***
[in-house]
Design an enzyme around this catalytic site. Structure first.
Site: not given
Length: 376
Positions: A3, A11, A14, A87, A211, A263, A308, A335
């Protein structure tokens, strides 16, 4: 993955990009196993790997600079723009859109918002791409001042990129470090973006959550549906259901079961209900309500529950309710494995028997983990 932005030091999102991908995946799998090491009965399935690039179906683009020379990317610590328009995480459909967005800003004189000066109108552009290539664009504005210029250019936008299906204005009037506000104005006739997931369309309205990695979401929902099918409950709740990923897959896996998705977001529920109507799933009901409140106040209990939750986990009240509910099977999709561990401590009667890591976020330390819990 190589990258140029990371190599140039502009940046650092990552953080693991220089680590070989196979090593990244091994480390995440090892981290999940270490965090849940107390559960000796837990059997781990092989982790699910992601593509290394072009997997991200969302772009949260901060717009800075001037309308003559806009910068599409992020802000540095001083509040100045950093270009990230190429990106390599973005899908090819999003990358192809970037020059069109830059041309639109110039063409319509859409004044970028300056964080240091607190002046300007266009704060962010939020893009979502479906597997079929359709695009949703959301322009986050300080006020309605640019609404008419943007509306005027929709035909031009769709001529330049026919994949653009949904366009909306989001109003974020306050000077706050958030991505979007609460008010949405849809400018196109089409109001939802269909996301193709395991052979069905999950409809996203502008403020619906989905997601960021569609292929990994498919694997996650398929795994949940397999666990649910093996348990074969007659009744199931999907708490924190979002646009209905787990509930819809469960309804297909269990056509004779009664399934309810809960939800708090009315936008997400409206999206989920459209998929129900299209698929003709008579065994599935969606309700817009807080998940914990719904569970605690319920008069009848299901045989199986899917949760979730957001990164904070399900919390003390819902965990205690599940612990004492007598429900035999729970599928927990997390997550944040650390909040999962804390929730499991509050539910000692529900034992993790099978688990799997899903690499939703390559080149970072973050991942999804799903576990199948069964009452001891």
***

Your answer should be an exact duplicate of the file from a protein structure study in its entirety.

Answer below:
[in-house]
Design an enzyme around this catalytic site. Structure first.
Site: not given
Length: 376
Positions: A3, A11, A14, A87, A211, A263, A308, A335
């Protein structure tokens, strides 16, 4: 993955990009196993790997600079723009859109918002791409001042990129470090973006959550549906259901079961209900309500529950309710494995028997983990 932005030091999102991908995946799998090491009965399935690039179906683009020379990317610590328009995480459909967005800003004189000066109108552009290539664009504005210029250019936008299906204005009037506000104005006739997931369309309205990695979401929902099918409950709740990923897959896996998705977001529920109507799933009901409140106040209990939750986990009240509910099977999709561990401590009667890591976020330390819990 190589990258140029990371190599140039502009940046650092990552953080693991220089680590070989196979090593990244091994480390995440090892981290999940270490965090849940107390559960000796837990059997781990092989982790699910992601593509290394072009997997991200969302772009949260901060717009800075001037309308003559806009910068599409992020802000540095001083509040100045950093270009990230190429990106390599973005899908090819999003990358192809970037020059069109830059041309639109110039063409319509859409004044970028300056964080240091607190002046300007266009704060962010939020893009979502479906597997079929359709695009949703959301322009986050300080006020309605640019609404008419943007509306005027929709035909031009769709001529330049026919994949653009949904366009909306989001109003974020306050000077706050958030991505979007609460008010949405849809400018196109089409109001939802269909996301193709395991052979069905999950409809996203502008403020619906989905997601960021569609292929990994498919694997996650398929795994949940397999666990649910093996348990074969007659009744199931999907708490924190979002646009209905787990509930819809469960309804297909269990056509004779009664399934309810809960939800708090009315936008997400409206999206989920459209998929129900299209698929003709008579065994599935969606309700817009807080998940914990719904569970605690319920008069009848299901045989199986899917949760979730957001990164904070399900919390003390819902965990205690599940612990004492007598429900035999729970599928927990997390997550944040650390909040999962804390929730499991509050539910000692529900034992993790099978688990799997899903690499939703390559080149970072973050991942999804799903576990199948069964009452001891």